• People working 55 hours or more estimated to have 35% higher risk of stroke
  • Long work hours increase risk of death due to heart diseases by 17%
  • The pandemic could feed the trend towards increased work time, says WHO

An unprecedented global study has blamed overwork for the increasing number of deaths from stroke and heart diseases, underscoring the need for companies and government agencies to discourage overtime and cap the working hours.

A joint study by the World Health Organisation (WHO) and the International Labour Organisation (ILO) found that long working hours led to about 745,000 deaths from strokes and ischemic heart disease in 2016, a 29 percent increase since the start of the study in 2000.

The researchers found that the number of deaths from heart diseases attributable to overwork increased 42 percent between 2000 to 2016, while stroke-related casualties went up 19 percent.

The research concluded that working 55 hours or more per week can increase the risk of stroke by an estimated 35 percent and ischemic heart disease by 17 percent, compared to working 35-40 hours a week. As much as 72 percent of the casualties were male.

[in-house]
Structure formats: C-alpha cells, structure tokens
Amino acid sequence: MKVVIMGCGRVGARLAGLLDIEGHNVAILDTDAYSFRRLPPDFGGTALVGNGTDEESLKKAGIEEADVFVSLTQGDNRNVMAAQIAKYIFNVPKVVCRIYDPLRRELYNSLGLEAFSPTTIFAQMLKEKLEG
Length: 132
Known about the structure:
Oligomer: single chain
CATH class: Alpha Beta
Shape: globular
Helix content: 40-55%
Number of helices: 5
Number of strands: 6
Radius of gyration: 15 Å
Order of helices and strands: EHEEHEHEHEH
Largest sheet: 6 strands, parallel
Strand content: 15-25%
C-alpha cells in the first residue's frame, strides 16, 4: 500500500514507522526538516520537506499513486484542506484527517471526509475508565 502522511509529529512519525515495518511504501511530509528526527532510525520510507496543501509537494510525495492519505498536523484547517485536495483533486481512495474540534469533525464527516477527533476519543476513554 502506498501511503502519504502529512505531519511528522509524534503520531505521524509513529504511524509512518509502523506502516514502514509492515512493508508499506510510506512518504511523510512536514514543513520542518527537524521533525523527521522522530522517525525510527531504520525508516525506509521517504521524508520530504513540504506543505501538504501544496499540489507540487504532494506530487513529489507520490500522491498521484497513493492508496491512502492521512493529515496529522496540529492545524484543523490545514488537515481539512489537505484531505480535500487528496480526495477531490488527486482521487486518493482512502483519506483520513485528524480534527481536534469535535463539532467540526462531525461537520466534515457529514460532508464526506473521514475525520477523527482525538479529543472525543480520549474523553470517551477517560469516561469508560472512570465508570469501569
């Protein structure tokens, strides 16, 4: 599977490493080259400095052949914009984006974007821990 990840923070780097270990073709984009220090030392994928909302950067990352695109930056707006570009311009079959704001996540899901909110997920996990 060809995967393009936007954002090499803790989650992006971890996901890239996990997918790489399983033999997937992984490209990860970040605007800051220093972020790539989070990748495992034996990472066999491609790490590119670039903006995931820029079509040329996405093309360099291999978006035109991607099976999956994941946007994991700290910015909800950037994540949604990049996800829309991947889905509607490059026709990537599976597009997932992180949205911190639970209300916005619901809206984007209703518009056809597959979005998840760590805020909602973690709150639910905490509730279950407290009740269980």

"The pandemic is accelerating developments that could feed the trend towards increased working time," the WHO said, estimating that at least 9% of people work long hours.

The WHO, which itself struggles with overwork since the onset of the COVID-19 pandemic, has recommended that governments and other employers should introduce policies and enforce laws to ban mandatory overtime or ensure a maximum limit on working time. Employees can share the workload to reduce overtime or have flexible work time agreements in place to protect their health.

WHO Director-General Tedros Adhanom Ghebreyesus has acknowledged that the pandemic has forced the organization's staff to work long hours. Dr. Maria Neira, Director of the WHO's Department of Environment, Climate Change and Health, said the U.N. agency would seek to improve their policy on working hours in light of the new findings, reported Reuters.

Working long hours has emerged as a less-publicized effect of COVID-19 pandemic that threatens everyone from healthcare professionals to investment bankers. Recently, Goldman Sachs came under scrutiny after 13 analysts published a presentation on their inhumane working hours. The survey stated that an employee in Goldman Sachs works for 105 hours on average.

“Working 55 hours or more per week is a serious health hazard,” added Dr. Neira. “It’s time that we all, governments, employers, and employees wake up to the fact that long working hours can lead to premature death”.

Traders work at their desks at the Frankfurt stock exchange
Representation Image REUTERS